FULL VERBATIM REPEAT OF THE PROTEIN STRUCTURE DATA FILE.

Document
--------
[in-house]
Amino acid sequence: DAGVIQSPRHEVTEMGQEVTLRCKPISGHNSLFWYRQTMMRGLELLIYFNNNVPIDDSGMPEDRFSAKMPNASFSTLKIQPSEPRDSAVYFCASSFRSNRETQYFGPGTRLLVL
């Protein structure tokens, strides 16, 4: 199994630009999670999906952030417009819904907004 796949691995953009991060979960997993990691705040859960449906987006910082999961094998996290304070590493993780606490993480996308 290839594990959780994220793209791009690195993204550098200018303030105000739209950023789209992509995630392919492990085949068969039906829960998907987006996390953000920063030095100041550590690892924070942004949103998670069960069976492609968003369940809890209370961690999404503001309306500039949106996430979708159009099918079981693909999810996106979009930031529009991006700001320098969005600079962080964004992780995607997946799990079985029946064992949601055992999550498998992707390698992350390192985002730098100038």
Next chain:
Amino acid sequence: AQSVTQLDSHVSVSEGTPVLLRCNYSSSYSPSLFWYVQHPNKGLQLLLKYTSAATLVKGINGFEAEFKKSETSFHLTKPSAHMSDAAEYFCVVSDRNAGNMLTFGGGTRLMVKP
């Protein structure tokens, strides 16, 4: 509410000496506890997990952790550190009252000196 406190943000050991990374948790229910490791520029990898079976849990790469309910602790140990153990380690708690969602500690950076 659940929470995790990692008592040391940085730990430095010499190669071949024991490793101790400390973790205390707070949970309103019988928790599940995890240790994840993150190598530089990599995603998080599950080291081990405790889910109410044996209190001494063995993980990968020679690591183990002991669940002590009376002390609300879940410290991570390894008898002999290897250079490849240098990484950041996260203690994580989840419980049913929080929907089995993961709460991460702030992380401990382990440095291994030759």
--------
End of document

[in-house]
Amino acid sequence: DAGVIQSPRHEVTEMGQEVTLRCKPISGHNSLFWYRQTMMRGLELLIYFNNNVPIDDSGMPEDRFSAKMPNASFSTLKIQPSEPRDSAVYFCASSFRSNRETQYFGPGTRLLVL
């Protein structure tokens, strides 16, 4: 199994630009999670999906952030417009819904907004 796949691995953009991060979960997993990691705040859960449906987006910082999961094998996290304070590493993780606490993480996308 290839594990959780994220793209791009690195993204550098200018303030105000739209950023789209992509995630392919492990085949068969039906829960998907987006996390953000920063030095100041550590690892924070942004949103998670069960069976492609968003369940809890209370961690999404503001309306500039949106996430979708159009099918079981693909999810996106979009930031529009991006700001320098969005600079962080964004992780995607997946799990079985029946064992949601055992999550498998992707390698992350390192985002730098100038």
Next chain:
Amino acid sequence: AQSVTQLDSHVSVSEGTPVLLRCNYSSSYSPSLFWYVQHPNKGLQLLLKYTSAATLVKGINGFEAEFKKSETSFHLTKPSAHMSDAAEYFCVVSDRNAGNMLTFGGGTRLMVKP
């Protein structure tokens, strides 16, 4: 509410000496506890997990952790550190009252000196 406190943000050991990374948790229910490791520029990898079976849990790469309910602790140990153990380690708690969602500690950076 659940929470995790990692008592040391940085730990430095010499190669071949024991490793101790400390973790205390707070949970309103019988928790599940995890240790994840993150190598530089990599995603998080599950080291081990405790889910109410044996209190001494063995993980990968020679690591183990002991669940002590009376002390609300879940410290991570390894008898002999290897250079490849240098990484950041996260203690994580989840419980049913929080929907089995993961709460991460702030992380401990382990440095291994030759």